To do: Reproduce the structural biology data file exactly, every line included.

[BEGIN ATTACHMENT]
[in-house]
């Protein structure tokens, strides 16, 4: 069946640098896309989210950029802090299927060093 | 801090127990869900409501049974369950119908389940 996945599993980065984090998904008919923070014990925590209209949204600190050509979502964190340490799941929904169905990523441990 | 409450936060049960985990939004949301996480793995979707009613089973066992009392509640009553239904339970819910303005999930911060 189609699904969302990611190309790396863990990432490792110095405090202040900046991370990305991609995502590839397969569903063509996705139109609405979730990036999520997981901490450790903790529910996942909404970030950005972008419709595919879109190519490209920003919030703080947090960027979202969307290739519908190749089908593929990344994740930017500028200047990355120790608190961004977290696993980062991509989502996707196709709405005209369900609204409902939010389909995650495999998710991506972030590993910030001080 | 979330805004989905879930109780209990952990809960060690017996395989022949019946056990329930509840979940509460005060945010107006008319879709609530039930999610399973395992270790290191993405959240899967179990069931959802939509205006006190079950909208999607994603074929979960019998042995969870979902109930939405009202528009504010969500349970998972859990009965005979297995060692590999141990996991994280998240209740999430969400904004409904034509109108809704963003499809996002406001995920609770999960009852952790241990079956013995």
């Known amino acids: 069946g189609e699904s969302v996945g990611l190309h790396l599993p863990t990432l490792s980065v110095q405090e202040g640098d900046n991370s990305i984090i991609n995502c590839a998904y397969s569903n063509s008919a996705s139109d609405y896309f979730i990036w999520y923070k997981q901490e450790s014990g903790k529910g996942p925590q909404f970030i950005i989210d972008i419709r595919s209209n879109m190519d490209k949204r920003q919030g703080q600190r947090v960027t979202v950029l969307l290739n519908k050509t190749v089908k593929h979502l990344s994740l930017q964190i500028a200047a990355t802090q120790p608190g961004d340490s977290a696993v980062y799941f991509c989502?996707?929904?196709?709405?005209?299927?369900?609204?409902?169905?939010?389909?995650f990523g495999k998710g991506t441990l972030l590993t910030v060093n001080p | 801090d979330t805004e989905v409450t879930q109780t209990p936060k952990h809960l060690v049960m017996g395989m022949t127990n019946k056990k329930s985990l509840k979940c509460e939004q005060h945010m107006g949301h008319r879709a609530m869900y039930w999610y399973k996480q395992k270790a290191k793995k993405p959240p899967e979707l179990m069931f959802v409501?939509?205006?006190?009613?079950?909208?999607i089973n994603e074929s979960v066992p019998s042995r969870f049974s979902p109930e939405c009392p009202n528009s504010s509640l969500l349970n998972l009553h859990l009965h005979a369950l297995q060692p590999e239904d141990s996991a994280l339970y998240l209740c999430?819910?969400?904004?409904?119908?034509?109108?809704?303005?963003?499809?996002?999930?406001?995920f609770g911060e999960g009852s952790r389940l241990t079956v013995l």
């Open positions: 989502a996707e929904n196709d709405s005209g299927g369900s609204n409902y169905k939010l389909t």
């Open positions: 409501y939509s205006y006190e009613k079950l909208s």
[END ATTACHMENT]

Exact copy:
[in-house]
């Protein structure tokens, strides 16, 4: 069946640098896309989210950029802090299927060093 | 801090127990869900409501049974369950119908389940 996945599993980065984090998904008919923070014990925590209209949204600190050509979502964190340490799941929904169905990523441990 | 409450936060049960985990939004949301996480793995979707009613089973066992009392509640009553239904339970819910303005999930911060 189609699904969302990611190309790396863990990432490792110095405090202040900046991370990305991609995502590839397969569903063509996705139109609405979730990036999520997981901490450790903790529910996942909404970030950005972008419709595919879109190519490209920003919030703080947090960027979202969307290739519908190749089908593929990344994740930017500028200047990355120790608190961004977290696993980062991509989502996707196709709405005209369900609204409902939010389909995650495999998710991506972030590993910030001080 | 979330805004989905879930109780209990952990809960060690017996395989022949019946056990329930509840979940509460005060945010107006008319879709609530039930999610399973395992270790290191993405959240899967179990069931959802939509205006006190079950909208999607994603074929979960019998042995969870979902109930939405009202528009504010969500349970998972859990009965005979297995060692590999141990996991994280998240209740999430969400904004409904034509109108809704963003499809996002406001995920609770999960009852952790241990079956013995």
């Known amino acids: 069946g189609e699904s969302v996945g990611l190309h790396l599993p863990t990432l490792s980065v110095q405090e202040g640098d900046n991370s990305i984090i991609n995502c590839a998904y397969s569903n063509s008919a996705s139109d609405y896309f979730i990036w999520y923070k997981q901490e450790s014990g903790k529910g996942p925590q909404f970030i950005i989210d972008i419709r595919s209209n879109m190519d490209k949204r920003q919030g703080q600190r947090v960027t979202v950029l969307l290739n519908k050509t190749v089908k593929h979502l990344s994740l930017q964190i500028a200047a990355t802090q120790p608190g961004d340490s977290a696993v980062y799941f991509c989502?996707?929904?196709?709405?005209?299927?369900?609204?409902?169905?939010?389909?995650f990523g495999k998710g991506t441990l972030l590993t910030v060093n001080p | 801090d979330t805004e989905v409450t879930q109780t209990p936060k952990h809960l060690v049960m017996g395989m022949t127990n019946k056990k329930s985990l509840k979940c509460e939004q005060h945010m107006g949301h008319r879709a609530m869900y039930w999610y399973k996480q395992k270790a290191k793995k993405p959240p899967e979707l179990m069931f959802v409501?939509?205006?006190?009613?079950?909208?999607i089973n994603e074929s979960v066992p019998s042995r969870f049974s979902p109930e939405c009392p009202n528009s504010s509640l969500l349970n998972l009553h859990l009965h005979a369950l297995q060692p590999e239904d141990s996991a994280l339970y998240l209740c999430?819910?969400?904004?409904?119908?034509?109108?809704?303005?963003?499809?996002?999930?406001?995920f609770g911060e999960g009852s952790r389940l241990t079956v013995l």
């Open positions: 989502a996707e929904n196709d709405s005209g299927g369900s609204n409902y169905k939010l389909t």
């Open positions: 409501y939509s205006y006190e009613k079950l909208s």